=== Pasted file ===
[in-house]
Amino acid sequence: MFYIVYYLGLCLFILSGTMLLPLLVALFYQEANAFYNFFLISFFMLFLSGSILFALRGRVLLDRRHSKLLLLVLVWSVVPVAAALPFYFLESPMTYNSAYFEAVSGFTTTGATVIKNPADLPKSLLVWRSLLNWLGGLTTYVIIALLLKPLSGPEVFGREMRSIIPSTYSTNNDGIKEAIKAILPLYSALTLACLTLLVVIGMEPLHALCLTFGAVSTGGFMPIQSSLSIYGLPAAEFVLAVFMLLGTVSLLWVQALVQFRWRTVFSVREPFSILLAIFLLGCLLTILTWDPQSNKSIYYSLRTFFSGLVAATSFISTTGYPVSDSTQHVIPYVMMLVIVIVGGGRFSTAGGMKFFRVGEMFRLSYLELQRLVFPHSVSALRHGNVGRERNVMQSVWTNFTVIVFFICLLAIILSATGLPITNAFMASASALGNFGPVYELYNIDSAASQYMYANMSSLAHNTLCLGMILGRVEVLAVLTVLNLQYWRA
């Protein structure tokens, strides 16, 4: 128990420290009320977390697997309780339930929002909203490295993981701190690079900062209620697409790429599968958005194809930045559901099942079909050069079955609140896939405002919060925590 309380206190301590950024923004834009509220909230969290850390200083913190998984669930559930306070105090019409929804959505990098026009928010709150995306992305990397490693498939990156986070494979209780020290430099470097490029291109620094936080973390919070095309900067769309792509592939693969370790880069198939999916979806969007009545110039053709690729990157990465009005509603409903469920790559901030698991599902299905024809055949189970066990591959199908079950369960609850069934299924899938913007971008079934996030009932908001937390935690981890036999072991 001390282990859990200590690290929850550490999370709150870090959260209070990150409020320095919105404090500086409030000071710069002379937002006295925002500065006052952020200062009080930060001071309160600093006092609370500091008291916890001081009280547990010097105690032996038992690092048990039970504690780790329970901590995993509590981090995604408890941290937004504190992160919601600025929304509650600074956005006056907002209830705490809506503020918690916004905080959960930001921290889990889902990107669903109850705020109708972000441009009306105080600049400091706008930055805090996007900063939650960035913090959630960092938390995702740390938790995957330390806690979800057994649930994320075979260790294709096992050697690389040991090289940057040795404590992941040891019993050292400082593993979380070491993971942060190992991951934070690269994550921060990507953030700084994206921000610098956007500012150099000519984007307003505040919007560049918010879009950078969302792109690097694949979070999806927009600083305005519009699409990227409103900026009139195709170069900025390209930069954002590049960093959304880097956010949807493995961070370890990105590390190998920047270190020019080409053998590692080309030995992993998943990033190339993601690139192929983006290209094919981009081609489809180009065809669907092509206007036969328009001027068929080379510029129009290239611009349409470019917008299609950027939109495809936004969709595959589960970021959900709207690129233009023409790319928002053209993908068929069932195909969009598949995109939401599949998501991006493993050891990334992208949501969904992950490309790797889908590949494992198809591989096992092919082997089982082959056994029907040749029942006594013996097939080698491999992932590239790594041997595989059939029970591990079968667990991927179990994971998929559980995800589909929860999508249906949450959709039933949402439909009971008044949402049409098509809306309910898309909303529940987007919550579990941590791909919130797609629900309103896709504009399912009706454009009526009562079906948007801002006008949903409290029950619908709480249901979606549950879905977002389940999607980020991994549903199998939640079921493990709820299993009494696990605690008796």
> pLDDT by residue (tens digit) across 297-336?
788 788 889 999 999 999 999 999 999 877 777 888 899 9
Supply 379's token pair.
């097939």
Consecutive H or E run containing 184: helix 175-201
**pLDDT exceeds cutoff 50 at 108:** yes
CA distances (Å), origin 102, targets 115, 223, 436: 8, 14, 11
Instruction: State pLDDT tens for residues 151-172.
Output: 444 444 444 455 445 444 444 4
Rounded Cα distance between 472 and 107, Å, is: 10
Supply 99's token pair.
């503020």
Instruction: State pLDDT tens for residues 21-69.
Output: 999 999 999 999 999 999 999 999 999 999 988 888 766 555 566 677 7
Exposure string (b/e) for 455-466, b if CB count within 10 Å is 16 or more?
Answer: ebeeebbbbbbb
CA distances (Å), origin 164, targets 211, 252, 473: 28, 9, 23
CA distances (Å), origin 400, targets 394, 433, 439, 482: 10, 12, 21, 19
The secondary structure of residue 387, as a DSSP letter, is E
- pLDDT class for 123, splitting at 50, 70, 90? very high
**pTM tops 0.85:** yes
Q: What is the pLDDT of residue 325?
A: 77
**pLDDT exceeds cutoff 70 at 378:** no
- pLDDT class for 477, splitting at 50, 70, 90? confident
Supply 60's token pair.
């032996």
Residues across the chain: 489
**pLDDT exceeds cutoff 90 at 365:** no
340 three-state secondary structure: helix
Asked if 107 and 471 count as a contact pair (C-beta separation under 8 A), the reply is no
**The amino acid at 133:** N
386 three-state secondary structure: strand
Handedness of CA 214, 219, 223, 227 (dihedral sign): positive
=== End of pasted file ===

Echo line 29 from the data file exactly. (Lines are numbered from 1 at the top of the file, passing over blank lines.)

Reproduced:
Supply 60's token pair.